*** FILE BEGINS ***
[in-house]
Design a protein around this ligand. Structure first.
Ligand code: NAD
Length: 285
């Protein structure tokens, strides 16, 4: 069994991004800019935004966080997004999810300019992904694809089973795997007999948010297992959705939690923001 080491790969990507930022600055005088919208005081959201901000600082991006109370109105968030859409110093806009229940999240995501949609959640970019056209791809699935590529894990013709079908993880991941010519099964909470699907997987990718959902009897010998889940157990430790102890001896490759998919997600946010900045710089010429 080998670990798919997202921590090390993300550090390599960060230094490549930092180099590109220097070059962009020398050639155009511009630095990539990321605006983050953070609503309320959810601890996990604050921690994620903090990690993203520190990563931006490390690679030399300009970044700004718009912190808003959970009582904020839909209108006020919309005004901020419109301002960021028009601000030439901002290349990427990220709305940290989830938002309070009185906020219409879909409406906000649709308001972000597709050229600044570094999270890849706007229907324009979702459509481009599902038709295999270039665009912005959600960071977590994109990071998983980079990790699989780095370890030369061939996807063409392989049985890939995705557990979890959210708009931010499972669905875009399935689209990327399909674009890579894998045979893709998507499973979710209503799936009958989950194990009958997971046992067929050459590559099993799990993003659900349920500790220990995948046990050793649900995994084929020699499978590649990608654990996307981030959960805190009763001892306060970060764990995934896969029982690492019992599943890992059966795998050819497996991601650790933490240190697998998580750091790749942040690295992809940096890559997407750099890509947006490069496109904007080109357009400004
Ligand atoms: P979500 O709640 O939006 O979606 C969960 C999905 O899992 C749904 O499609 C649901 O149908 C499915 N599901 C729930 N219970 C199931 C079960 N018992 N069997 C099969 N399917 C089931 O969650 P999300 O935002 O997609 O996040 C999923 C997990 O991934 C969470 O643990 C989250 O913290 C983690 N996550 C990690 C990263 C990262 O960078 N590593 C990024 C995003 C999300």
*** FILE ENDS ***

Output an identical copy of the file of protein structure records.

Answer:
[in-house]
Design a protein around this ligand. Structure first.
Ligand code: NAD
Length: 285
């Protein structure tokens, strides 16, 4: 069994991004800019935004966080997004999810300019992904694809089973795997007999948010297992959705939690923001 080491790969990507930022600055005088919208005081959201901000600082991006109370109105968030859409110093806009229940999240995501949609959640970019056209791809699935590529894990013709079908993880991941010519099964909470699907997987990718959902009897010998889940157990430790102890001896490759998919997600946010900045710089010429 080998670990798919997202921590090390993300550090390599960060230094490549930092180099590109220097070059962009020398050639155009511009630095990539990321605006983050953070609503309320959810601890996990604050921690994620903090990690993203520190990563931006490390690679030399300009970044700004718009912190808003959970009582904020839909209108006020919309005004901020419109301002960021028009601000030439901002290349990427990220709305940290989830938002309070009185906020219409879909409406906000649709308001972000597709050229600044570094999270890849706007229907324009979702459509481009599902038709295999270039665009912005959600960071977590994109990071998983980079990790699989780095370890030369061939996807063409392989049985890939995705557990979890959210708009931010499972669905875009399935689209990327399909674009890579894998045979893709998507499973979710209503799936009958989950194990009958997971046992067929050459590559099993799990993003659900349920500790220990995948046990050793649900995994084929020699499978590649990608654990996307981030959960805190009763001892306060970060764990995934896969029982690492019992599943890992059966795998050819497996991601650790933490240190697998998580750091790749942040690295992809940096890559997407750099890509947006490069496109904007080109357009400004
Ligand atoms: P979500 O709640 O939006 O979606 C969960 C999905 O899992 C749904 O499609 C649901 O149908 C499915 N599901 C729930 N219970 C199931 C079960 N018992 N069997 C099969 N399917 C089931 O969650 P999300 O935002 O997609 O996040 C999923 C997990 O991934 C969470 O643990 C989250 O913290 C983690 N996550 C990690 C990263 C990262 O960078 N590593 C990024 C995003 C999300």